Instagram Apologies and Reverts to Old Advertising Terms

The news about Instagram’s change in privacy policy and terms of service that broke out earlier this week caused an outcry by users, thinking that the new policy would allow the photo-sharing giant to sell images without the individual permission of users.

However, the update won’t be effective anymore as Instagram reverts to old advertising terms. In a blog post, Instagram co-founder, Kevin Systrom stated that they have discarded the new advertising terms and are going back to the original version that has been in effect since we launched the service in October 2010. Yes, that means you don’t have to close or migrate to another photo-sharing service. Your photos on Instagram won’t be used for advertising.

Earlier this week, we introduced a set of updates to our privacy policy and terms of service to help our users better understand our service. In the days since, it became clear that we failed to fulfill what I consider one of our most important responsibilities – to communicate our intentions clearly. I am sorry for that, and I am focused on making it right.

The concerns we heard about from you the most focused on advertising, and what our changes might mean for you and your photos. There was confusion and real concern about what our possible advertising products could look like and how they would work.

Because of the feedback we have heard from you, we are reverting this advertising section to the original version that has been in effect since we launched the service in October 2010.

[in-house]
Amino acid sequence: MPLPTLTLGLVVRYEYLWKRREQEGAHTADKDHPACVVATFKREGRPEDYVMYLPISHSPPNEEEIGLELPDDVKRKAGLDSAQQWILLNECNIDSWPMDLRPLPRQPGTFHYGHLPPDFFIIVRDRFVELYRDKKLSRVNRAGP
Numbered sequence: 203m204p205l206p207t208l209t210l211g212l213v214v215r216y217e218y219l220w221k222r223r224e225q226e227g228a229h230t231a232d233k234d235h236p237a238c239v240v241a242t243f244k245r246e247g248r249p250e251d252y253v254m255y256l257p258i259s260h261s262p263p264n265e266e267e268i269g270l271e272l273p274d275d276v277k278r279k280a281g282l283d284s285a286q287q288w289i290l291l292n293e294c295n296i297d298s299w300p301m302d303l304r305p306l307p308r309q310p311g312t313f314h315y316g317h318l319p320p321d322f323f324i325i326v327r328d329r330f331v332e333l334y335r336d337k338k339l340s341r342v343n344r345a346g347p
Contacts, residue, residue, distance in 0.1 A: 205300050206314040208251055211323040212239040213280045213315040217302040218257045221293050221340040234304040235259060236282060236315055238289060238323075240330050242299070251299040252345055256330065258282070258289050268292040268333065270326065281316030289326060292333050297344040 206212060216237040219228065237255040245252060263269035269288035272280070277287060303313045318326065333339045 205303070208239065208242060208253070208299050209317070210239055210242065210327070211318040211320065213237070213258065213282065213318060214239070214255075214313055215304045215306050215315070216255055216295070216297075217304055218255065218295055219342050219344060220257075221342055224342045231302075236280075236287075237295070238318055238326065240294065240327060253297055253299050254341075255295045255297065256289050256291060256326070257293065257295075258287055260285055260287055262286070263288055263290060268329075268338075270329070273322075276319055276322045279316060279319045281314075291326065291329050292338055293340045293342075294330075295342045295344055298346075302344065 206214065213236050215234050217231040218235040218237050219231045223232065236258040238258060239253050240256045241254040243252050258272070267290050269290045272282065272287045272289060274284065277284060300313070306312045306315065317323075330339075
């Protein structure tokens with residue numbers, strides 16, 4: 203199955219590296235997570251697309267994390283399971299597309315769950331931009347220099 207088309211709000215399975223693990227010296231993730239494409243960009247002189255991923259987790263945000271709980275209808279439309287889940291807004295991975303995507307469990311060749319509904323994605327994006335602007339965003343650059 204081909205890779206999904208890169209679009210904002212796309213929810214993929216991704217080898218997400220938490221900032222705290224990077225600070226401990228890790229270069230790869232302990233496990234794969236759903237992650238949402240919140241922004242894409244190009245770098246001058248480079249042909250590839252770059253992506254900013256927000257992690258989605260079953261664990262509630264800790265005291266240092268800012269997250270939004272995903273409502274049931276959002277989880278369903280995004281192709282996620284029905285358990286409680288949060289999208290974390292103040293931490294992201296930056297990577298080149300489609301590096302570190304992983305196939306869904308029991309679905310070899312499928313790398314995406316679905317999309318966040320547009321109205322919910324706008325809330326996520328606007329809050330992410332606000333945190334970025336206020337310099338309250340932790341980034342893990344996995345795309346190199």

You also had deep concerns about whether under our new terms, Instagram had any plans to sell your content. I want to be really clear: Instagram has no intention of selling your photos, and we never did. We don’t own your photos – you do.

The three major points addressed by Systrom are Advertising on Instagram, Ownership Rights and Privacy Settings. In brief:

  • Instagram has no intension to sell your photos, however, they have plans to experiment with innovative advertising methods and monetize the photo-sharing service in an effective manner.
  • “Instagram users own their content and Instagram does not claim any ownership rights over your photos.”
  • As for privacy settings, nothing has changed. You still have control over who can see your photos.

Along with that, the company also pushed an update to iOS and Android platforms. It includes a new photo filter called “Mayfair”, now making a total count of 20 filters supported by the service. Also, the update provides users the ability to log in to Instagram via Facebook, without having to connect the two services in your settings.

Instagram Mayfair Filter

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Joel Fernandes

Joel Fernandes (G+) is a tech enthusiast and a social media blogger. During his leisure time, he enjoys taking photographs, and photography is one of his most loved hobbies. You can find some of his photos on Flickr. He does a little of web coding, and maintains a tech blog of his own - Techo Latte. Joel is currently pursuing his Masters in Computer Application from Bangalore, India. You can get in touch with him on Twitter - @joelfernandes, or visit his Facebook Profile for more information.